Sri Lanka: Illustrating the country’s worsening economic and political crisis, the government has begun applying for food donations from a regional food bank that supplies rice and other staples to member states during food crises. Severe shortages of essential goods have wracked the country, which defaulted on international debts of more than $50 billion last month since it effectively ran out of foreign reserves.
U.S. Monetary Policy: Neither the White House nor the Federal Reserve provided any details on yesterday’s meeting between President Biden and Fed Chair Powell, other than National Economic Council Director Deese’s statement that it was “a very constructive meeting focused on the outlook for the U.S. and the global economy.” If anything, reports prior to the meeting underscored that both Biden and Powell remain intent on bringing down consumer price inflation rapidly.
- With the Fed driving up bond yields and stocks sliding, individual investors poured a net $20 billion into mutual and exchange-traded funds that focus on U.S. Treasury securities over the four-week period ended May 25. It marked the largest such infusion in records going back 29 years.
- At the same time, some investors are starting to buy heavily beaten down small-cap stocks, although that could well prove to be premature given the way rising inflation and higher interest rates have increased the risk of recession in the coming quarters.
U.S. Cryptocurrency Markets: Amid the latest pullback in digital currency values, lawsuits over investment losses are picking up around the country.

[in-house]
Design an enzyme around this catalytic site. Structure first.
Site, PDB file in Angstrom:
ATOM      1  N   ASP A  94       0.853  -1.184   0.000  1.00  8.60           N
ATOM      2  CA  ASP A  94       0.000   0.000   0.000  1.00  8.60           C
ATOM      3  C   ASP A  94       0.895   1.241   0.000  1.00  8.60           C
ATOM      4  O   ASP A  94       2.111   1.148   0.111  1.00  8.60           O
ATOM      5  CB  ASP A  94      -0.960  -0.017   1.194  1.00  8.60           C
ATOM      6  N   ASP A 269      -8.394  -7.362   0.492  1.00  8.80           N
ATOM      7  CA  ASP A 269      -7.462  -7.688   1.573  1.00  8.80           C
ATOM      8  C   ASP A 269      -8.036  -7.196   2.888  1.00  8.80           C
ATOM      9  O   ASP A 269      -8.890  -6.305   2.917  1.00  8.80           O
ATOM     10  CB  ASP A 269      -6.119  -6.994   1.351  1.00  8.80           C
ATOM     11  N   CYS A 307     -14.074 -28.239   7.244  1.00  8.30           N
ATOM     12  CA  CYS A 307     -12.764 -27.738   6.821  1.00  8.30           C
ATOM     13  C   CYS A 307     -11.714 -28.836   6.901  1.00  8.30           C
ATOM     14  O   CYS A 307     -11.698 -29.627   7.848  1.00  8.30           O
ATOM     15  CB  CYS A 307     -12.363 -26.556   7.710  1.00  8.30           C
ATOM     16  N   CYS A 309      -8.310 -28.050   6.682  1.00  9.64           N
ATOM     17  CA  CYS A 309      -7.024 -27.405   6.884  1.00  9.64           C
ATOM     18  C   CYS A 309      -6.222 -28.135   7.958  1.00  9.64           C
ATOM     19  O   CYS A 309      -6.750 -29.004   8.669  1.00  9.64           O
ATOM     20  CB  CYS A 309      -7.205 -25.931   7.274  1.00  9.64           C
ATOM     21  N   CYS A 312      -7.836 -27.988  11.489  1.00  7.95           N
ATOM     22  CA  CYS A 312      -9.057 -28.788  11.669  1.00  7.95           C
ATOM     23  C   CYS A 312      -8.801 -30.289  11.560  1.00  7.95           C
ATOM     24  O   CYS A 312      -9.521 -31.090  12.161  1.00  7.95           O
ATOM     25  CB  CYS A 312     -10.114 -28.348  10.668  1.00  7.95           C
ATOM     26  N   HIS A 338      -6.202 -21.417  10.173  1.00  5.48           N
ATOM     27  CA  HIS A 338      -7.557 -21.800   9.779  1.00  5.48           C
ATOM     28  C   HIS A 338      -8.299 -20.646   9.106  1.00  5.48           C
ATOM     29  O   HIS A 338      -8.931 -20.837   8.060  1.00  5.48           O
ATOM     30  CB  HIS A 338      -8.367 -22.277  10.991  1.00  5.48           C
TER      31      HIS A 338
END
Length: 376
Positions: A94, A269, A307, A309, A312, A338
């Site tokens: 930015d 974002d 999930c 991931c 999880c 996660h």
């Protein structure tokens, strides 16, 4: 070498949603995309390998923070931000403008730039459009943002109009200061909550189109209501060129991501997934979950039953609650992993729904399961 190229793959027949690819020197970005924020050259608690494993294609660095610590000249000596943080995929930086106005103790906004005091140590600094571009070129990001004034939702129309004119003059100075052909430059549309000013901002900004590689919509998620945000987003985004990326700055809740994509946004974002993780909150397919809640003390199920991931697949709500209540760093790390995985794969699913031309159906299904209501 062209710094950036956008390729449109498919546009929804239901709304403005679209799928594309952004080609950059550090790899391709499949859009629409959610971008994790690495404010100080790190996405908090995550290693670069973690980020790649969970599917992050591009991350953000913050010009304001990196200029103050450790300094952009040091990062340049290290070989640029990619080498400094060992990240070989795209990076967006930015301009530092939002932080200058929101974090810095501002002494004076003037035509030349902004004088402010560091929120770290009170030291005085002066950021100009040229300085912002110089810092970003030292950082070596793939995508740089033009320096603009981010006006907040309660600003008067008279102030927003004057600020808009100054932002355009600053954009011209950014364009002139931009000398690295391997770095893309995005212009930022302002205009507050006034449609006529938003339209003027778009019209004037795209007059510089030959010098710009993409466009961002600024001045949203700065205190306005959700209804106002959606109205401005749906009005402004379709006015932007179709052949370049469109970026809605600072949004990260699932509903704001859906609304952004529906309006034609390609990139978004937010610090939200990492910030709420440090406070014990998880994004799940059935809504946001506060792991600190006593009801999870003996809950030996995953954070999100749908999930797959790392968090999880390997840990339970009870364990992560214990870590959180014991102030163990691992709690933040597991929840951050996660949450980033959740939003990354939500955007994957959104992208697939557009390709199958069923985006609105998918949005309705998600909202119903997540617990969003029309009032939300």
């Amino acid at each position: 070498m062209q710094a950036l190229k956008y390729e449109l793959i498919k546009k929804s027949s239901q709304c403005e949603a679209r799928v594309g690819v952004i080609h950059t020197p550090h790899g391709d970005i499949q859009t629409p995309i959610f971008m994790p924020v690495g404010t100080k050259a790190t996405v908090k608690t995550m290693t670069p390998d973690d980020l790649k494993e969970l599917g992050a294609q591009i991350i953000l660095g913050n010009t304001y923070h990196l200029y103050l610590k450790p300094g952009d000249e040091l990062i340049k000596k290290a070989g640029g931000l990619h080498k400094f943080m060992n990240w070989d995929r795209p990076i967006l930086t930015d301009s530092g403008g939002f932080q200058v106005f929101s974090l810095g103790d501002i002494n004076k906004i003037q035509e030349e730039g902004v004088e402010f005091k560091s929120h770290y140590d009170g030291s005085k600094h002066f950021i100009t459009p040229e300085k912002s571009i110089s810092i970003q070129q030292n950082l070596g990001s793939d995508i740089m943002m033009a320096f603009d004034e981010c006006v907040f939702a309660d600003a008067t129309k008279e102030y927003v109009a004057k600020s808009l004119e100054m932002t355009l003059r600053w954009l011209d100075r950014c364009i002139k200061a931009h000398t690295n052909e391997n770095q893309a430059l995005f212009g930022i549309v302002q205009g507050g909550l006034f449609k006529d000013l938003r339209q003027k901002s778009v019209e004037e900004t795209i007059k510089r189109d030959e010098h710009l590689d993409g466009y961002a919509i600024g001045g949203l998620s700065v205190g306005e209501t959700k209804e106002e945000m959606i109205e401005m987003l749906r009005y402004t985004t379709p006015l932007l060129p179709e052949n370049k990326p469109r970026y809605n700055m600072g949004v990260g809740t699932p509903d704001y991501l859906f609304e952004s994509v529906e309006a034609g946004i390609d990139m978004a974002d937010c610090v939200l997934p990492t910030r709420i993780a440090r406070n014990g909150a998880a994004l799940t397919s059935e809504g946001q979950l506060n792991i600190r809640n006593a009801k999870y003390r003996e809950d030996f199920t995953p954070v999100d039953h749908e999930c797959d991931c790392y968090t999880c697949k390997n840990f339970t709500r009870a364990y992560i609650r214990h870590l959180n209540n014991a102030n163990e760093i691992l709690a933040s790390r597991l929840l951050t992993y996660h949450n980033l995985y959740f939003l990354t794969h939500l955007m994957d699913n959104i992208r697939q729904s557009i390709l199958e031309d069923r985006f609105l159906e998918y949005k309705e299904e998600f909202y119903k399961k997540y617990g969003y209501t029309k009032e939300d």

- Many of the cases have been fueled by investors who allege some digital coins were hyped and sold under false pretenses. Some proposed class-action suits allege pump-and-dump schemes involving celebrity promoters.
- Others allege that some digital tokens are unregistered securities or that cryptocurrency issuers were deceitful in their marketing.
COVID-19: Official data show confirmed cases have risen to 530,184,304 worldwide, with 6,292,981 deaths. The countries currently reporting the highest rates of new infections include the U.S., Taiwan, Germany, and Australia. (For an interactive chart that allows you to compare cases and deaths among countries, scaled by population, click here.) In the U.S., confirmed cases have risen to 84,215,080, with 1,007,047 deaths. In data on the U.S. vaccination program, the number of people considered fully vaccinated now totals 221,292,360, equal to 66.7% of the total population.
- In the U.S., the latest wave of infections already appears to be topping out, although hospitalizations are still accelerating with their usual lag. The seven-day average of newly reported cases has now reached 98,688, down 2% from two weeks ago. The seven-day average of people hospitalized with confirmed or suspected COVID-19 in the U.S. came in at 26,512 yesterday, up 16% from two weeks earlier. New COVID-19 deaths are now averaging 298 per day, down 6% from two weeks earlier.
- Although the CDC only recommends self-isolating for five days after the first appearance of COVID-19 symptoms or a positive result from an at-home test, many people find they continue to test positive for as many as ten days. In other words, they may still be contagious even after the recommended five-day isolation period.
- In China, authorities in Shanghai today lifted most pandemic restrictions as planned. Along with dozens of government stimulus programs launched around the country to offset draconian lockdowns, the end of the restrictions in Shanghai offers some hope that the Chinese economy can start growing again, helping buoy Chinese stocks and global commodity prices in recent days.
- In Japan, the government further eased travel restrictions today by allowing people arriving from 98 countries where the coronavirus risk is deemed to be low to be exempt from testing at airports and quarantine.
- In contrast, authorities in Hong Kong said a planned late-June easing of social-distancing rules on pubs and restaurants might be delayed because of recent infections tied to two bar clusters.